Children starting secondary school this term could find themselves working until they are 100 and having up to 40 different jobs in their lifetime, a conference was told yesterday.
They could have a good expectation of living until they are 120, Rohit Talwar, chief executive of Fast Futures – which advises business and schools on how to plan for the future, told a gathering of headteachers at St Andrews University in Scotland.
Figures showed that average life expectancy was over 80 with women living longer than men – and was increasing at the rate of five months per year.
However, the downside was that – with the advance of new technology – there would be fewer jobs with robots replacing humans in many areas, thus increasing unemployment to as much as 50 per cent.
Estimates show between 30 per cent and 80 per cent of all jobs available today will disappear within the next 20 or 30 years,” he said, “and an 11-year-old going into school today will have a reasonable expectation of living until 120.
“Will it be natural for 50 per cent of the population not to be working? And what happens to society if 50 per cent of the people don’t have jobs?
“What are you preparing your children for? They might well have 40 jobs in that period between now and when they stop working – and as many as 10 different careers.”
He said governments might have to embrace the policies adopted in Manitoba, Utrecht and Namibia where a “superdole” had been introduced – guaranteeing a minimum amount of earnings for everyone. “Everyone has a basic income,” he said. The result had been a reduction of violence – including domestic violence – in these areas.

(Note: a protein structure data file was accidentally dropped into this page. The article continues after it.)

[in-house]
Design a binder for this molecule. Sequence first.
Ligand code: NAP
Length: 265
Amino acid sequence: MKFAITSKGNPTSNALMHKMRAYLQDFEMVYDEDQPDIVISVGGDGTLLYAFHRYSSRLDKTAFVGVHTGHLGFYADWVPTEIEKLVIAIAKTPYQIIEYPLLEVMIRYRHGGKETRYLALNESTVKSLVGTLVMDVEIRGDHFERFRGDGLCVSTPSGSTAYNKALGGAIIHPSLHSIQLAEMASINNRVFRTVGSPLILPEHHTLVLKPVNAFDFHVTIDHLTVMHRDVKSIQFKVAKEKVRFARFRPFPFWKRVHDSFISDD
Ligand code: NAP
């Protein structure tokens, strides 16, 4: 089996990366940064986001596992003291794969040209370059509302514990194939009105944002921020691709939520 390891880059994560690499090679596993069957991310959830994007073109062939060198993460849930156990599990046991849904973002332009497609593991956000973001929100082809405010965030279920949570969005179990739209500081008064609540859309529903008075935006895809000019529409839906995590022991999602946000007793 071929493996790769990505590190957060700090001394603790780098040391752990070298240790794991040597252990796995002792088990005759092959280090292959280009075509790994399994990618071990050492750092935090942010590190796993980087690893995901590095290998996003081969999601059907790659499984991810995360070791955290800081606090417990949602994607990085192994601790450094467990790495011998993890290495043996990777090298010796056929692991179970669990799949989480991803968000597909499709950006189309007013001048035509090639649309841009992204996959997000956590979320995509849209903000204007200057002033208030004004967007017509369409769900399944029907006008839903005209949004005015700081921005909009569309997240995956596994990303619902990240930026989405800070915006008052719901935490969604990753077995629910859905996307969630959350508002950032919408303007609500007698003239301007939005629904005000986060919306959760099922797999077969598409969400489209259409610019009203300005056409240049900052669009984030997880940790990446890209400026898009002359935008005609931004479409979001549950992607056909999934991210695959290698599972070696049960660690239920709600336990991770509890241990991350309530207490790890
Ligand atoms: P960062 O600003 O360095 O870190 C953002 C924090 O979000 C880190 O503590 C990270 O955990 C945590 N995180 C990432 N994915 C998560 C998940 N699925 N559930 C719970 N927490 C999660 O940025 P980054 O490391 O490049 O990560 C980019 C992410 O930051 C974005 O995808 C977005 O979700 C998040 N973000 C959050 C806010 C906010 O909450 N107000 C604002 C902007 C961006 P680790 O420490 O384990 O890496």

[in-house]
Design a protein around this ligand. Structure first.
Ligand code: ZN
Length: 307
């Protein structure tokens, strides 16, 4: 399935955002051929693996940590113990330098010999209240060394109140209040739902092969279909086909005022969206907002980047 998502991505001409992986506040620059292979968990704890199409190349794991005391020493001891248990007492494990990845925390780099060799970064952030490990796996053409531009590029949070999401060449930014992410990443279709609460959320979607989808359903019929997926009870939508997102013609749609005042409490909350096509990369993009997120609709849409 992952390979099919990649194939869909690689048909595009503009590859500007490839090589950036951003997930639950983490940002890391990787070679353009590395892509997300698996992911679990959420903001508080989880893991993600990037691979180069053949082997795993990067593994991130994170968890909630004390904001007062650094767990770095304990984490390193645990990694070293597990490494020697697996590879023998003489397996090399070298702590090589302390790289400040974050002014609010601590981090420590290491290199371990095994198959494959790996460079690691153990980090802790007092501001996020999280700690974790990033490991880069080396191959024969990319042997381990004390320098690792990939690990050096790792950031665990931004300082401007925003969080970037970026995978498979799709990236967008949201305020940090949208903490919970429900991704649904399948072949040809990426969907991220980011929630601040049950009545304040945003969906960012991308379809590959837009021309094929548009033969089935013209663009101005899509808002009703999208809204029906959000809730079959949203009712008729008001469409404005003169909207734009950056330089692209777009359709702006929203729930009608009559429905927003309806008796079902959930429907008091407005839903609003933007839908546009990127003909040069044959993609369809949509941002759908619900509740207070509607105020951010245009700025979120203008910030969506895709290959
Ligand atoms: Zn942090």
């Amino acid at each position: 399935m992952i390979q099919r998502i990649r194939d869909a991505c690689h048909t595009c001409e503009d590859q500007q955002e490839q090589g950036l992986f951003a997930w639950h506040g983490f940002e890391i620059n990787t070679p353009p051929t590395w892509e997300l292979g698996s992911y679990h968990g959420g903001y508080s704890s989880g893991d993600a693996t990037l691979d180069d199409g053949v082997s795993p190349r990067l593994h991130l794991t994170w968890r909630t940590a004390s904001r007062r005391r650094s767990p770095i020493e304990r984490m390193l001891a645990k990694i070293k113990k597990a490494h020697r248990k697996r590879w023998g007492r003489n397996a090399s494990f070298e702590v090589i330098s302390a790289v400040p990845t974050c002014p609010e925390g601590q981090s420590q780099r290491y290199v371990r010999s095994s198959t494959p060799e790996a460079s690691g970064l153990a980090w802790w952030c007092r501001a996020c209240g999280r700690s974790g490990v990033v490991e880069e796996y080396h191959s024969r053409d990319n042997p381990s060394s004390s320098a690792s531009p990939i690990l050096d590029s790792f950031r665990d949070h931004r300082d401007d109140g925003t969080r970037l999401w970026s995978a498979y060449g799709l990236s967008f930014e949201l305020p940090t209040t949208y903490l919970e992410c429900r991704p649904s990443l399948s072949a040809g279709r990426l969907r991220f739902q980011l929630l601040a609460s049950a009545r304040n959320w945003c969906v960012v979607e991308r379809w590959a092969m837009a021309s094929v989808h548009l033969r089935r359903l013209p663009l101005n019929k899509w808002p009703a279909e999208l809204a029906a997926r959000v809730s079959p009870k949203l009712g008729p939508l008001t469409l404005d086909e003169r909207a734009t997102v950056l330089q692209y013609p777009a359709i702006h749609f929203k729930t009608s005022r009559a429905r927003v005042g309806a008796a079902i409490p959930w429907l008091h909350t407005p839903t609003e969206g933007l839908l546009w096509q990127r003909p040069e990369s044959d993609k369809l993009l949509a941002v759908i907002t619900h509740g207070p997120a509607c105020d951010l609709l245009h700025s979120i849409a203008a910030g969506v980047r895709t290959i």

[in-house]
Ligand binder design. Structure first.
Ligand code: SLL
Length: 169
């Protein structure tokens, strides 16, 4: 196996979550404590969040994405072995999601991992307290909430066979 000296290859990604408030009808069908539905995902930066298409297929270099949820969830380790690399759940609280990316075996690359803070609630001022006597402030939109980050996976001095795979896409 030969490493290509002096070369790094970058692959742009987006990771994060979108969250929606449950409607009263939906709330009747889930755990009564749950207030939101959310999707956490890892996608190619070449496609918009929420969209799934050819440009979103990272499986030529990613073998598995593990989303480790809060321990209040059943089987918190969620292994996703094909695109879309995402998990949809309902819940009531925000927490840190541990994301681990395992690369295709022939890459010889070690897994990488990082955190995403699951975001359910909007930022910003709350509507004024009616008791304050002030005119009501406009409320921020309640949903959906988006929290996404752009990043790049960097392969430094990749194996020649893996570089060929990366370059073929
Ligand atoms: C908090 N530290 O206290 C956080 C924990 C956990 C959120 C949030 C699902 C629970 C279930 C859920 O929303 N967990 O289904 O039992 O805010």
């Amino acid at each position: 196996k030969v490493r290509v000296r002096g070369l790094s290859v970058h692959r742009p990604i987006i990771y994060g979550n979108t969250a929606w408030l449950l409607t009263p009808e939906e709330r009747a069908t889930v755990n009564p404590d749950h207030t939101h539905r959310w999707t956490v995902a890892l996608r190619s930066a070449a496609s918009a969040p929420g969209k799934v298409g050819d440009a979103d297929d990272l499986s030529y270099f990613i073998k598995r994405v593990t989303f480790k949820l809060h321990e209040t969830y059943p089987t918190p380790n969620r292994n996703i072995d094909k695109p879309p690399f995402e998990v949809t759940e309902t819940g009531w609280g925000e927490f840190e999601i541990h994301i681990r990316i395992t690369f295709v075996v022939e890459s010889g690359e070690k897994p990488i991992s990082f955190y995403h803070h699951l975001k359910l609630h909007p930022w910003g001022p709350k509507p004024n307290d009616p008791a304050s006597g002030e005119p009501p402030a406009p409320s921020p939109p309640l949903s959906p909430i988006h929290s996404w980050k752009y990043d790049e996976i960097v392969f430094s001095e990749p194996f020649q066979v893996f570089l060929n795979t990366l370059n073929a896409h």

Students should be taught to prepare themselves for a range of activities that would not be replaced by robots – such as care assistants and
Most of the world’s biggest companies were planning to downsize their workforce in the next few years, Mr Talwar added. The growth industries of the future – the Amazons of this world – were planning for a future where few humans would be employed.
“We’re going to living longer and we’re not going to be working in the same way,” he said.
As a result, he told the Headmasters’ and Headmistresses’ Conference – which represents 275 of the UK’s top independent schools, schools had to change the way they taught their children.
“I think the exam system will need to change,” he said. There was, he argued, a “myth” that all that was necessary was to move back to the 1950’s and “if only we replayed that structure everything would be fine”. “it is just not true,” he added. “It just doesn’t work for the needs of UK policy today.”
Instead, today’s pupils should be taught to be more collaborative and perhaps embrace role play as a way of learning. One example he gave was learning about the English civil war. “Somebody could play Cromwell and someone else a Roundhead ,” he said. “You learn more about people’s lives that way.”
He also advocated teaching them meditation skills and sleeping tips to help them relax and prepare for a world where they would have to work into old age. “Just 15 minutes a day when you shut yourself away – it can lead to longer life and better marriages ,” he added.
Christopher King, chairman of HMC and headmaster of Leicester Grammar School, said: “Our schools are well equipped to cope with this change.” They were, he added, in a position to be able to innovative as their heads had more freedom to innovate.
William Richardson, general secretary of HMC, said: “HMC schools welcome the challenge laid down by Rohit Tarwal and stand ready and willing to contribute to a debate about the fundamental nature of the education pupils receive in the future.”